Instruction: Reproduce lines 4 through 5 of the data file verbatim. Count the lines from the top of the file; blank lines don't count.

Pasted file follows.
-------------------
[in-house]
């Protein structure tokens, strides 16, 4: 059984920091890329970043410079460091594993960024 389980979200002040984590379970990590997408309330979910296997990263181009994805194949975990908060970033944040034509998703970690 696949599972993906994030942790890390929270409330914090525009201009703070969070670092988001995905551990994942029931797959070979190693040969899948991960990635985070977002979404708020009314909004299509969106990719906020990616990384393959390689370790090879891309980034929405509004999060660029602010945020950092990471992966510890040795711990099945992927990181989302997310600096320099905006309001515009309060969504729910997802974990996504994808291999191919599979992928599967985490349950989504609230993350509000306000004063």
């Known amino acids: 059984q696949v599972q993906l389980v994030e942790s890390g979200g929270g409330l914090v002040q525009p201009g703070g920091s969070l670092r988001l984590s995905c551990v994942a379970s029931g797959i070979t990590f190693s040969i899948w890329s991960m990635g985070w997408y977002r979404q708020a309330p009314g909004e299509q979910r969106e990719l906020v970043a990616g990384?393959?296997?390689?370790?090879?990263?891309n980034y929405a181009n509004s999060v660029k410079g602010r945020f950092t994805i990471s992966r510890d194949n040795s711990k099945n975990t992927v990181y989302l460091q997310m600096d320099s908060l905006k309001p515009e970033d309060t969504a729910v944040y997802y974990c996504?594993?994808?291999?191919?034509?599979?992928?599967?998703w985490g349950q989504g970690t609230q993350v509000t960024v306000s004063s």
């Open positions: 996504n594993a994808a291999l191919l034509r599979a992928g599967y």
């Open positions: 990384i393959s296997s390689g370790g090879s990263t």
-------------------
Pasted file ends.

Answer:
């Open positions: 996504n594993a994808a291999l191919l034509r599979a992928g599967y």
């Open positions: 990384i393959s296997s390689g370790g090879s990263t």